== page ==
A National Infrastructure for Artificial Intelligence on the Grid

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OPEN 2018
El Segundo, California
Project Term:
08/12/2019 - 08/11/2023

Critical Need:

The electric grid evolved in an environment of severe information scarcity. Its operation relies on overbuilt capacity, responsive fossil-fuel based generators with inherent energy storage (fuel and rotating mass), unidirectional distribution systems, and operator discretion in the face of uncertainty. An increasingly complex grid with diverse resources alongside fast, automated disturbance responses requires a new level of insight, without which the system can become uneconomical, unreliable, and unstable. For example, wide-area power oscillations never predicted by system models can occur, unknown amounts of generation behind customer meters can be suddenly lost, and protection systems can trip unexpectedly causing outages. In spite of the nationwide installation of phasor measurement units, sensor data use falls far short of its potential. The utility industry’s pace of innovation has been and continues to be hampered by a lack of data accessibility; ineffective data quality solutions; skill and tool mismatch; a lack of artificial intelligence (AI) and machine learning (ML) experts; and difficulty in transitioning research into production.

Project Innovation + Advantages:

PingThings will develop a national infrastructure for analytics and artificial intelligence (AI) on the power grid using a three-pronged approach. First, a scalable, cloud-based platform will store, process, analyze, and visualize grid sensor data. Second, massive open and accessible datasets will be created through (a) deploying grid sensors to capture wide-scale and localized grid behavior, (b) simulating and executing grid models to generate virtual sensor data, and (c) establishing a secure data exchange mechanism. Third, a diverse research community will be developed through focused educational content, online code sharing, and data and AI competitions. The project’s goal is to accelerate the development of data-driven use cases to improve grid operation and analysis.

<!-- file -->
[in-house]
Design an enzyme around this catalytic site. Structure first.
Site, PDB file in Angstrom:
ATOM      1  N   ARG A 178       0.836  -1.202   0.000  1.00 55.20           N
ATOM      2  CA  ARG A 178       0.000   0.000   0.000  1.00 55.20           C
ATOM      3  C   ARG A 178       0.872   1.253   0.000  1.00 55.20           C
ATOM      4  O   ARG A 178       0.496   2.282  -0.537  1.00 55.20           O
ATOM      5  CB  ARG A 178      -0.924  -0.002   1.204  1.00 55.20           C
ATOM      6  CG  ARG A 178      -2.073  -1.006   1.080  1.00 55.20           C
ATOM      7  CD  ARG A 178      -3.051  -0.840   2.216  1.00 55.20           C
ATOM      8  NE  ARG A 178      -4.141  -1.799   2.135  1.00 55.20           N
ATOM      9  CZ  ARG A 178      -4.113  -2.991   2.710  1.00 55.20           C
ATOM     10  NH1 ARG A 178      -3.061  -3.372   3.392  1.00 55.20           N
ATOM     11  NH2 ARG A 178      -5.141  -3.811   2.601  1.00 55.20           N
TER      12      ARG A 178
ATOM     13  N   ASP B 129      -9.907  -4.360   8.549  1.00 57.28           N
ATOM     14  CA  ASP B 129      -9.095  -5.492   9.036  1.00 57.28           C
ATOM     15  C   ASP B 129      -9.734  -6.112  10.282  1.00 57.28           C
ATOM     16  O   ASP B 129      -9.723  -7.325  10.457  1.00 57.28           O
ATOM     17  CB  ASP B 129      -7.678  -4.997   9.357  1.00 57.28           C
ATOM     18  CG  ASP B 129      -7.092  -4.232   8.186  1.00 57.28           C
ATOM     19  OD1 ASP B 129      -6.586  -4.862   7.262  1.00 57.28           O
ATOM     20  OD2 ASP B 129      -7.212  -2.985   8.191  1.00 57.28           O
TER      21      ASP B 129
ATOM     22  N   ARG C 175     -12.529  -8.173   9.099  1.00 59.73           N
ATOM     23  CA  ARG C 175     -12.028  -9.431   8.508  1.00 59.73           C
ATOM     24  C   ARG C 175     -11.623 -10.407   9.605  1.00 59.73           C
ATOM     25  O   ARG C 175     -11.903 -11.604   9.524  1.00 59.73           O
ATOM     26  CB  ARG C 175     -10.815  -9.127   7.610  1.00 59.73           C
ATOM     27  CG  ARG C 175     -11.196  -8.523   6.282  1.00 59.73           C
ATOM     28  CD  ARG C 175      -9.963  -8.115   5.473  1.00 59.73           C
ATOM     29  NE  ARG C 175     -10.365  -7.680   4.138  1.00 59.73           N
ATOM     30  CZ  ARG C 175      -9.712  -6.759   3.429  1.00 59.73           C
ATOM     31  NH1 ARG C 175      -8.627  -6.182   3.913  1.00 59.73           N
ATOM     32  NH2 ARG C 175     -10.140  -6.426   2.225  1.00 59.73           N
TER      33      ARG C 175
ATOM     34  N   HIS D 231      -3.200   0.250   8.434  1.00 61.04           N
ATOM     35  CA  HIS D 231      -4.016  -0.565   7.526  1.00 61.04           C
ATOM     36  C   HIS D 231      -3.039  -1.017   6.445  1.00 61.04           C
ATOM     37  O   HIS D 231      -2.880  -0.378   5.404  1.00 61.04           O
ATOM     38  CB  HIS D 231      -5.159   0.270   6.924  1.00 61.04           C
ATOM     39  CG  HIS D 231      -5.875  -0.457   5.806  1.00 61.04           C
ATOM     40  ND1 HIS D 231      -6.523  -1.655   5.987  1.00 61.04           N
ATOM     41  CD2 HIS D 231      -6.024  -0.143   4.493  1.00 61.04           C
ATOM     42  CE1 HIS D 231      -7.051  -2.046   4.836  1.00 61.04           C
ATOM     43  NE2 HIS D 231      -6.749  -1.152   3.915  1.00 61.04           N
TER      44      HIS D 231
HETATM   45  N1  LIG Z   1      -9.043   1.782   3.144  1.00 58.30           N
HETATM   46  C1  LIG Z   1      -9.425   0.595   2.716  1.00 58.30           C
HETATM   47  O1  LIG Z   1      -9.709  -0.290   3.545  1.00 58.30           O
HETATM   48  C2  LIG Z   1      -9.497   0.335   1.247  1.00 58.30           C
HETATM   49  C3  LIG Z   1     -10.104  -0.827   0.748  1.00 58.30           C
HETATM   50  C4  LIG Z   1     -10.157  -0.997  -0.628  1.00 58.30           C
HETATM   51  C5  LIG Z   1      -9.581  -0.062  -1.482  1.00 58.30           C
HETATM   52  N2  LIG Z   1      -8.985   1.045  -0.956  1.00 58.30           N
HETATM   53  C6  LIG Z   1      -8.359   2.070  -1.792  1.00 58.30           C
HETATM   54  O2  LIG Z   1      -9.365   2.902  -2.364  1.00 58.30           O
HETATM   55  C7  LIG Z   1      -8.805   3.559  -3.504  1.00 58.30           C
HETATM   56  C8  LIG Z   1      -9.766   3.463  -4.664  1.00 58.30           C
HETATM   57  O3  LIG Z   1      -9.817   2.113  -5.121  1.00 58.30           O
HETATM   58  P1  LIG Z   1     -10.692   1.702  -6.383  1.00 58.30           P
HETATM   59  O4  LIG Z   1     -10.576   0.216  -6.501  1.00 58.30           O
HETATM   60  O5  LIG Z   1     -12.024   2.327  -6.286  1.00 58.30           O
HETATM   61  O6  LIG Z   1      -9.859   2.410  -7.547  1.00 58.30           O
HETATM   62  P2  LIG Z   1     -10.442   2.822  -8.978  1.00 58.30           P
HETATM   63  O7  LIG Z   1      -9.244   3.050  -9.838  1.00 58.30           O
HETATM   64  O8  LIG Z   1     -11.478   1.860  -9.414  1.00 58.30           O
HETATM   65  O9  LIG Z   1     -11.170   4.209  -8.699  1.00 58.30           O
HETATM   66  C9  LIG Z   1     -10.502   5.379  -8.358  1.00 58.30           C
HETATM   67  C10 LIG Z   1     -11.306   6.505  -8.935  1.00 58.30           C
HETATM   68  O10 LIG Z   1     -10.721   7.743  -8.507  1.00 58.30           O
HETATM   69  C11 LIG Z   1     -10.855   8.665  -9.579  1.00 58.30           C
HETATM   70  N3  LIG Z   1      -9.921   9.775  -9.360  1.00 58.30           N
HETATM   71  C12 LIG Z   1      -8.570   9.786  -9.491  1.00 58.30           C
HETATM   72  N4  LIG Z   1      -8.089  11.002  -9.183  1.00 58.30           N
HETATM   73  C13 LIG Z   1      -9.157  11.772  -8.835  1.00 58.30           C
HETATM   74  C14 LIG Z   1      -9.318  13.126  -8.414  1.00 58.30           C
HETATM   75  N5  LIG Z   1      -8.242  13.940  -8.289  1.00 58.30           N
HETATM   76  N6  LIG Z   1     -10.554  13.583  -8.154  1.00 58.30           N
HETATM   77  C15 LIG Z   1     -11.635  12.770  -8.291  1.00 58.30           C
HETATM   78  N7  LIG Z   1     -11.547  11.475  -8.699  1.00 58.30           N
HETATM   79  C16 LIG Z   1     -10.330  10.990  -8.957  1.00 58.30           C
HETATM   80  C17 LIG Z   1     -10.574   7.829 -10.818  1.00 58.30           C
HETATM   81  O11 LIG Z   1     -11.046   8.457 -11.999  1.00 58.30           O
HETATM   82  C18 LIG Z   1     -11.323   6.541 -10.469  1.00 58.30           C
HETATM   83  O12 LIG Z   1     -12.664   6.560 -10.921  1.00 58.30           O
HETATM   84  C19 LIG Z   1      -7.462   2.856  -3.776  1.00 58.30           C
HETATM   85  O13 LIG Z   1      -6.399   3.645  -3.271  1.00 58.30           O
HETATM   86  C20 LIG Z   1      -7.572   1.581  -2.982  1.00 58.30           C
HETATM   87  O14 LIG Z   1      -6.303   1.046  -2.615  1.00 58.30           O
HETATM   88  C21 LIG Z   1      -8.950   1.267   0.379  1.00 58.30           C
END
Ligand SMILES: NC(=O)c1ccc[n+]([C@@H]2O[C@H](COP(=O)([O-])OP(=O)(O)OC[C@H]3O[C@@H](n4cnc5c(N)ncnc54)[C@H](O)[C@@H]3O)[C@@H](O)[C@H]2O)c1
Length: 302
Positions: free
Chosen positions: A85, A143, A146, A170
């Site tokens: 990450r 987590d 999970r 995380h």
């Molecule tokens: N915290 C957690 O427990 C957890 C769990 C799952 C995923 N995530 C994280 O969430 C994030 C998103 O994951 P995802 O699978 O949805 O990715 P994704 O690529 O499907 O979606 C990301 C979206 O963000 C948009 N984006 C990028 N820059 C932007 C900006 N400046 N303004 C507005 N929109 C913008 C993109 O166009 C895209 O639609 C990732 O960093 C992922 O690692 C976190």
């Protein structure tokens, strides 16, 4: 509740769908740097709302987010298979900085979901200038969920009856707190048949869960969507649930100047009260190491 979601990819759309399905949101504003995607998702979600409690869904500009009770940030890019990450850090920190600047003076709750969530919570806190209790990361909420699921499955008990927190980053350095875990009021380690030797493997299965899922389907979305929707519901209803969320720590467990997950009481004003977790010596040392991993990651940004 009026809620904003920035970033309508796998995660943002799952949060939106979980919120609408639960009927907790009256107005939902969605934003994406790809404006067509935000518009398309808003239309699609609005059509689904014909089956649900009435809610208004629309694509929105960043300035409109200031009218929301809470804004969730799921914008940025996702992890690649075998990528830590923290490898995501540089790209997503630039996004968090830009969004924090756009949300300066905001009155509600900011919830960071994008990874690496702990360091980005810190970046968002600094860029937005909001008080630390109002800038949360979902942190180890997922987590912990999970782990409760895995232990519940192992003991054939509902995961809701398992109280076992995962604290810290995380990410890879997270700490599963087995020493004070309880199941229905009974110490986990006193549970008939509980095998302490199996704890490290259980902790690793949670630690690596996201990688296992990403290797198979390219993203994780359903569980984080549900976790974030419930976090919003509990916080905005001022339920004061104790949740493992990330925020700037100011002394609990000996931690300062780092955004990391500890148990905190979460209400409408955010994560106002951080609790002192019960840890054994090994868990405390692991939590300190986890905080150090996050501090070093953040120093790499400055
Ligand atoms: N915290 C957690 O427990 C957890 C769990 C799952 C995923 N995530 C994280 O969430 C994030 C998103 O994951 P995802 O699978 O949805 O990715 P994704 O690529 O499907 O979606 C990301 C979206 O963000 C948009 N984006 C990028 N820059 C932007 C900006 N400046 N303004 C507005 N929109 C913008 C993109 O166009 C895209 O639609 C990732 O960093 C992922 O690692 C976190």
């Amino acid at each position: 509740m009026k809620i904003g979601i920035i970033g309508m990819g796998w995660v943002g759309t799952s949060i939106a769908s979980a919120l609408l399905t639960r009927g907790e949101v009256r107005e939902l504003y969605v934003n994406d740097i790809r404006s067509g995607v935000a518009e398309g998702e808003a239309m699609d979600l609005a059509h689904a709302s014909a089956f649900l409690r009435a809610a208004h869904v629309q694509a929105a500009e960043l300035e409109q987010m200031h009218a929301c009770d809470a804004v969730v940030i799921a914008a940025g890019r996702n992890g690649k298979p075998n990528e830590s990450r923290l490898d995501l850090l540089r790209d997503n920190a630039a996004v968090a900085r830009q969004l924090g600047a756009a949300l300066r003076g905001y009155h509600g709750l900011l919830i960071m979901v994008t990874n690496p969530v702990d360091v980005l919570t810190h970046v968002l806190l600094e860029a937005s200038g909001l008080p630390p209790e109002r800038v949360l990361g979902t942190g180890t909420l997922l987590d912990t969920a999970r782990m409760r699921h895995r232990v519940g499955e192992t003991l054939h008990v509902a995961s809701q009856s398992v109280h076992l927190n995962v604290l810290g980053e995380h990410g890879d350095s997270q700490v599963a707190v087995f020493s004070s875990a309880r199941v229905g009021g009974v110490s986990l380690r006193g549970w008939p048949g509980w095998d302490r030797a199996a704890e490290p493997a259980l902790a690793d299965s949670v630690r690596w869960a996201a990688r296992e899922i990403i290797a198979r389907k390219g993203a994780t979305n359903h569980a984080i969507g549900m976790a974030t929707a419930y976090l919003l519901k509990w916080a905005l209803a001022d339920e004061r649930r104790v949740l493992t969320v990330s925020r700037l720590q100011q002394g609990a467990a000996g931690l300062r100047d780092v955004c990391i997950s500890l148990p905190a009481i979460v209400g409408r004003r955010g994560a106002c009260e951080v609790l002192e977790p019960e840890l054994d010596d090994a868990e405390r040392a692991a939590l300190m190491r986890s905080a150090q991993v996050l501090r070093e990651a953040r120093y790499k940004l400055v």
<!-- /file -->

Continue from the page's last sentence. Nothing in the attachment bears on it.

Potential Impact:

This project will make research on DOE target impact areas easier to conduct by providing state-of-the-art tools and open access to necessary sensor datasets for analytic development and training of ML and Deep Learning (DL) models.


Development of a national infrastructure for AI will create a more secure power grid through situational awareness from grid data analytics, and help ensure the U.S. maintains its energy and AI technological lead.


Realizing data-driven applications using ML and DL to drive efficient use of grid assets will also yield a corresponding decrease in emissions, primarily through more effective algorithms for integrating and operating distributed energy resources.


Each component of the proposed AI infrastructure requires innovation, increases in value when integrated into the other components, and improves on current solutions. Access to data will drive AI/ML techniques within the power sector that will transform the way the grid is managed and enable a more efficient, economic, and reliable operation.


ARPA-E Program Director:
Dr. Richard O'Neill
Project Contact:
Mr. Sean Murphy
Press and General Inquiries Email:
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